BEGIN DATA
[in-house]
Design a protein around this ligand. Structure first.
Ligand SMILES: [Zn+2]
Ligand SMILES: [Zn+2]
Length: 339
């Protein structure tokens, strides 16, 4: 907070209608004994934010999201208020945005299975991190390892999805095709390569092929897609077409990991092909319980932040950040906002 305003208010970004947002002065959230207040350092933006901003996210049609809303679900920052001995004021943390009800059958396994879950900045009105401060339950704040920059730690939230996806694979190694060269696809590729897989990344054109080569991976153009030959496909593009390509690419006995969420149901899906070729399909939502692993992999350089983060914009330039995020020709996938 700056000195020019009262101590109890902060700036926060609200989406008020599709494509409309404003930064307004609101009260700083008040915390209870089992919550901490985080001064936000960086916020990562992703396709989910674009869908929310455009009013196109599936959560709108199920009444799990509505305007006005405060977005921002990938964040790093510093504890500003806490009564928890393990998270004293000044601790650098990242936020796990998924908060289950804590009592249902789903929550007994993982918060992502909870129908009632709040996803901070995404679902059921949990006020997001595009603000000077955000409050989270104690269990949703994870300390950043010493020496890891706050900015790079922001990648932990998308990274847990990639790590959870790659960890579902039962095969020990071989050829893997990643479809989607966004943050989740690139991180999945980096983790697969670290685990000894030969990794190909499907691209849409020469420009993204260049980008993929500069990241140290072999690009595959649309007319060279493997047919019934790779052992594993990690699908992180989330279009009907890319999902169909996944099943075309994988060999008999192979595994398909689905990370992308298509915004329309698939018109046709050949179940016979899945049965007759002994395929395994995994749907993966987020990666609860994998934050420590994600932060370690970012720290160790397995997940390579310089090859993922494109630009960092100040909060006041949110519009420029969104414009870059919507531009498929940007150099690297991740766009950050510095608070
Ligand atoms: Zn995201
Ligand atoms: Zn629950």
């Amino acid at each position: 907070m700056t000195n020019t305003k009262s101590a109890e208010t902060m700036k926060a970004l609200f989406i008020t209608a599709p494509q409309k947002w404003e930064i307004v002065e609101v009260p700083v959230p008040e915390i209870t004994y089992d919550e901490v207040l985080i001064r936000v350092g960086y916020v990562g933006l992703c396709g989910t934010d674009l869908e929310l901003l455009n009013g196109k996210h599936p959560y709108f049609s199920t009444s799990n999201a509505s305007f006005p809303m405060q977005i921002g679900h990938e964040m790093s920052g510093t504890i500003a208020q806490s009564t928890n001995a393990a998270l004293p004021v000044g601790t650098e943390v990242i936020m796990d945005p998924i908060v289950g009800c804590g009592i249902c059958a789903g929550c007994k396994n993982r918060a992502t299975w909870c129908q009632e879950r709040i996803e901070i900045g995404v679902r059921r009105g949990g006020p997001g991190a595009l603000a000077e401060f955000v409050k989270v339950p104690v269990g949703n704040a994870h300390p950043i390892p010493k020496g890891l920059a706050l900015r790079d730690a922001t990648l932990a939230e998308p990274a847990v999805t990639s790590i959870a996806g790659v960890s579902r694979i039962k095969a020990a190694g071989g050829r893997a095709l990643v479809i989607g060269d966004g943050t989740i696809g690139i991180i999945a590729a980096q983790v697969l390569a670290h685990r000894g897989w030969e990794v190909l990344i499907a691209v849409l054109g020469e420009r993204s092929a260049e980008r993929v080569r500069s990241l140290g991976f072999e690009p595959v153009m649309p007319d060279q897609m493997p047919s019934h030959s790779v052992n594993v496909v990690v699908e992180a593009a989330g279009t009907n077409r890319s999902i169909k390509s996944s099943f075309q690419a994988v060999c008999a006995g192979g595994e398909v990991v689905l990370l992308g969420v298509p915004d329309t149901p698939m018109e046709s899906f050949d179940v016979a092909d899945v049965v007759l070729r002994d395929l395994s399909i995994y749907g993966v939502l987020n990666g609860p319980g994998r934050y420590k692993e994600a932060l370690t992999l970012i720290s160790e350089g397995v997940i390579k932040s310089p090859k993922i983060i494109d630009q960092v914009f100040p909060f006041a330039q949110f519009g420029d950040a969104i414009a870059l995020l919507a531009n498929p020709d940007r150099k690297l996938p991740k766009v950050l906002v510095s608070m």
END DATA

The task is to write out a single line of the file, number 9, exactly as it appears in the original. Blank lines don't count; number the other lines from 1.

């Amino acid at each position: 907070m700056t000195n020019t305003k009262s101590a109890e208010t902060m700036k926060a970004l609200f989406i008020t209608a599709p494509q409309k947002w404003e930064i307004v002065e609101v009260p700083v959230p008040e915390i209870t004994y089992d919550e901490v207040l985080i001064r936000v350092g960086y916020v990562g933006l992703c396709g989910t934010d674009l869908e929310l901003l455009n009013g196109k996210h599936p959560y709108f049609s199920t009444s799990n999201a509505s305007f006005p809303m405060q977005i921002g679900h990938e964040m790093s920052g510093t504890i500003a208020q806490s009564t928890n001995a393990a998270l004293p004021v000044g601790t650098e943390v990242i936020m796990d945005p998924i908060v289950g009800c804590g009592i249902c059958a789903g929550c007994k396994n993982r918060a992502t299975w909870c129908q009632e879950r709040i996803e901070i900045g995404v679902r059921r009105g949990g006020p997001g991190a595009l603000a000077e401060f955000v409050k989270v339950p104690v269990g949703n704040a994870h300390p950043i390892p010493k020496g890891l920059a706050l900015r790079d730690a922001t990648l932990a939230e998308p990274a847990v999805t990639s790590i959870a996806g790659v960890s579902r694979i039962k095969a020990a190694g071989g050829r893997a095709l990643v479809i989607g060269d966004g943050t989740i696809g690139i991180i999945a590729a980096q983790v697969l390569a670290h685990r000894g897989w030969e990794v190909l990344i499907a691209v849409l054109g020469e420009r993204s092929a260049e980008r993929v080569r500069s990241l140290g991976f072999e690009p595959v153009m649309p007319d060279q897609m493997p047919s019934h030959s790779v052992n594993v496909v990690v699908e992180a593009a989330g279009t009907n077409r890319s999902i169909k390509s996944s099943f075309q690419a994988v060999c008999a006995g192979g595994e398909v990991v689905l990370l992308g969420v298509p915004d329309t149901p698939m018109e046709s899906f050949d179940v016979a092909d899945v049965v007759l070729r002994d395929l395994s399909i995994y749907g993966v939502l987020n990666g609860p319980g994998r934050y420590k692993e994600a932060l370690t992999l970012i720290s160790e350089g397995v997940i390579k932040s310089p090859k993922i983060i494109d630009q960092v914009f100040p909060f006041a330039q949110f519009g420029d950040a969104i414009a870059l995020l919507a531009n498929p020709d940007r150099k690297l996938p991740k766009v950050l906002v510095s608070m």